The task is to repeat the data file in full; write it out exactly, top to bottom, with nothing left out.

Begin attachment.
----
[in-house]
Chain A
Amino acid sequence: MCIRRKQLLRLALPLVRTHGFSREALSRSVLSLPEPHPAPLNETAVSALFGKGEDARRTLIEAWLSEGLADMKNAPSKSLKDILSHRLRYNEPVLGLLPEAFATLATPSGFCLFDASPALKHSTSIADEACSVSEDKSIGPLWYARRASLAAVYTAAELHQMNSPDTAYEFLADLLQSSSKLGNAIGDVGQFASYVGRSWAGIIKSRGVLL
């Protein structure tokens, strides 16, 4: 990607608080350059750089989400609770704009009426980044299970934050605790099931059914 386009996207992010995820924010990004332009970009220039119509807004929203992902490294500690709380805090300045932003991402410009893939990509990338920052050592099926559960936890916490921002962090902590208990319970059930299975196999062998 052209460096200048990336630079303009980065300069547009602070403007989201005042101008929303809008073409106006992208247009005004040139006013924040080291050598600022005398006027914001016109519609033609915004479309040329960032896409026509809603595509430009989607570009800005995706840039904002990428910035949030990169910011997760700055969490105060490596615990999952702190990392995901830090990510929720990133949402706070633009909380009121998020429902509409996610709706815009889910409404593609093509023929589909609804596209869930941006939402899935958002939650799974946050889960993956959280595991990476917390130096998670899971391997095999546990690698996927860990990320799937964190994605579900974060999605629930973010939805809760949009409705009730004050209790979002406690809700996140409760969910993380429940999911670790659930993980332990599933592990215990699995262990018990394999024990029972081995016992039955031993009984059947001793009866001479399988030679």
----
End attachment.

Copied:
[in-house]
Chain A
Amino acid sequence: MCIRRKQLLRLALPLVRTHGFSREALSRSVLSLPEPHPAPLNETAVSALFGKGEDARRTLIEAWLSEGLADMKNAPSKSLKDILSHRLRYNEPVLGLLPEAFATLATPSGFCLFDASPALKHSTSIADEACSVSEDKSIGPLWYARRASLAAVYTAAELHQMNSPDTAYEFLADLLQSSSKLGNAIGDVGQFASYVGRSWAGIIKSRGVLL
């Protein structure tokens, strides 16, 4: 990607608080350059750089989400609770704009009426980044299970934050605790099931059914 386009996207992010995820924010990004332009970009220039119509807004929203992902490294500690709380805090300045932003991402410009893939990509990338920052050592099926559960936890916490921002962090902590208990319970059930299975196999062998 052209460096200048990336630079303009980065300069547009602070403007989201005042101008929303809008073409106006992208247009005004040139006013924040080291050598600022005398006027914001016109519609033609915004479309040329960032896409026509809603595509430009989607570009800005995706840039904002990428910035949030990169910011997760700055969490105060490596615990999952702190990392995901830090990510929720990133949402706070633009909380009121998020429902509409996610709706815009889910409404593609093509023929589909609804596209869930941006939402899935958002939650799974946050889960993956959280595991990476917390130096998670899971391997095999546990690698996927860990990320799937964190994605579900974060999605629930973010939805809760949009409705009730004050209790979002406690809700996140409760969910993380429940999911670790659930993980332990599933592990215990699995262990018990394999024990029972081995016992039955031993009984059947001793009866001479399988030679």